'Happiest Season'.

Queer Christmas rom-com Happiest Season helped to breathe some needed new life into the Aussie box office over the weekend, though most exhibitors continue to eagerly hang out for end-of-year releases Wonder Woman 1984 and The Dry.

Directed by Clea DuVall, Happiest Season follows Abby (Kristen Stewart), who plans to propose to girlfriend Harper (Mackenzie Davis) over Christmas with her family. Little does Abby realise, Harper is not out to her parents.

The Sony title, which also stars Alison Brie, Dan Levy and Audrey Plaza, opened at number one, collecting $553,424 from 247 screens.

Close behind was WB’s Tenet, which despite being its 14th frame, continues to have life thanks to Victorian cinemagoers. The Christopher Nolan film notched $529,279 from 145 screens, 3 per cent up on last week. Overall, the thriller now sits north of $10.3 million.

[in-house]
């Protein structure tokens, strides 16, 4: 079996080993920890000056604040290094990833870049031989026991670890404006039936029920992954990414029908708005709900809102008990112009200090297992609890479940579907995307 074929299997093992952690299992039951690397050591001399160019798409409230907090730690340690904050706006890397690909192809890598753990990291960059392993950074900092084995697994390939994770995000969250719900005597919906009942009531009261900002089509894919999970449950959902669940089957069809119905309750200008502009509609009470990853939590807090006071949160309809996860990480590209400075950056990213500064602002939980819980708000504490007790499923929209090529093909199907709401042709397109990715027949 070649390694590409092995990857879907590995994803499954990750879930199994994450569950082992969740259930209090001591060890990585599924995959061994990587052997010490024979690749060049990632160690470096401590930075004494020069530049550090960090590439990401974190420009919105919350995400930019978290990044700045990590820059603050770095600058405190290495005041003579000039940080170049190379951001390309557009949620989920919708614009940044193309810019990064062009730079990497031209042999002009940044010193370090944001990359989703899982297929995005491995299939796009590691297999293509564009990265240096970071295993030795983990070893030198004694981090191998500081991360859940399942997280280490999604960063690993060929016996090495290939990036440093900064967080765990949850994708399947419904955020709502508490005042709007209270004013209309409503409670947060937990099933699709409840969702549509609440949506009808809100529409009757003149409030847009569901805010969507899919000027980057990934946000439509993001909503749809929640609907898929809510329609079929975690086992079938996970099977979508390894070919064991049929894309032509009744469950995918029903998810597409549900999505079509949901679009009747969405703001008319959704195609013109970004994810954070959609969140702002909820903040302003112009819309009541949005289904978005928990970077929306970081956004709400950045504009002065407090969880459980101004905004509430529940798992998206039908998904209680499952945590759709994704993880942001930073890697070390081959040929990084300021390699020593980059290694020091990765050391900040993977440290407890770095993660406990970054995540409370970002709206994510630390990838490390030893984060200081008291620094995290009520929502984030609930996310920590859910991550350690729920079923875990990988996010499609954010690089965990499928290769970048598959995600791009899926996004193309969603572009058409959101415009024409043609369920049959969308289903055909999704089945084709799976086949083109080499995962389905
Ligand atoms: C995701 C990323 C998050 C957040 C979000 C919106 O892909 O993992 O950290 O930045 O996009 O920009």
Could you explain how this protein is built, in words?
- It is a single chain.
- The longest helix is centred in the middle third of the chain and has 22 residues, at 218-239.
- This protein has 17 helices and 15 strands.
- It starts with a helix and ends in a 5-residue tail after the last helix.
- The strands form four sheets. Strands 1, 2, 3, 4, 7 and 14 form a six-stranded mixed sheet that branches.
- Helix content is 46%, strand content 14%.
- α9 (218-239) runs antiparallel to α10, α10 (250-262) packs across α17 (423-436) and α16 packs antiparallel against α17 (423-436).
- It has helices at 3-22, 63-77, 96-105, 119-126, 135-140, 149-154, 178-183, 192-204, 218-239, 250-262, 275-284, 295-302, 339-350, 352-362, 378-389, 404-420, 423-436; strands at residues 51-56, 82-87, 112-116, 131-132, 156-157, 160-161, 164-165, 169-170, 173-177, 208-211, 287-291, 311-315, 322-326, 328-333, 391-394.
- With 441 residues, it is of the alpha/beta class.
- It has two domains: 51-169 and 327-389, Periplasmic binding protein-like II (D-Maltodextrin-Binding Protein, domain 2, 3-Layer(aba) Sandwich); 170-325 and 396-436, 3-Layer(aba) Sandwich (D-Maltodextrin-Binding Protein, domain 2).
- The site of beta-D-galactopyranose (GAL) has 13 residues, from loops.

The opening performance Universal’s neo-Western Let Him Go, which stars Kevin Costner and Diane Lane as two grandparents on a rescue mission to save their grandson, was softer than some expected, opening on $336,749 from 275 screens.

While some exhibitors found success with Studiocanal’s Keira Knightley and Gugu Mbatha-Raw-starrer Misbehaviour, the film opened on just $227,537 from 283 screens. With previews, the film, which follows a group of women who hatch a plan to disrupt the 1970 Miss World beauty competition in London, sits on $312,499.

Spike Lee’s David Byrne’s American Utopia, which Universal opened on 89 screens, came in just outside the top 10 at $67,650.

‘Let Him Go’. (Photo: Kimberley French/Focus Features)

Overall the top 20 titles earned $3.3 million, up 14 per cent on last week, according to Numero.

No doubt some of the boost is attributable to the loosening of capacity restrictions in Victoria; from last Monday cinemas were able to increase session sizes from 20 to 150 patrons.

Village Cinemas reports the four-day weekend was its best trading since Vic cinemas reopened November 12.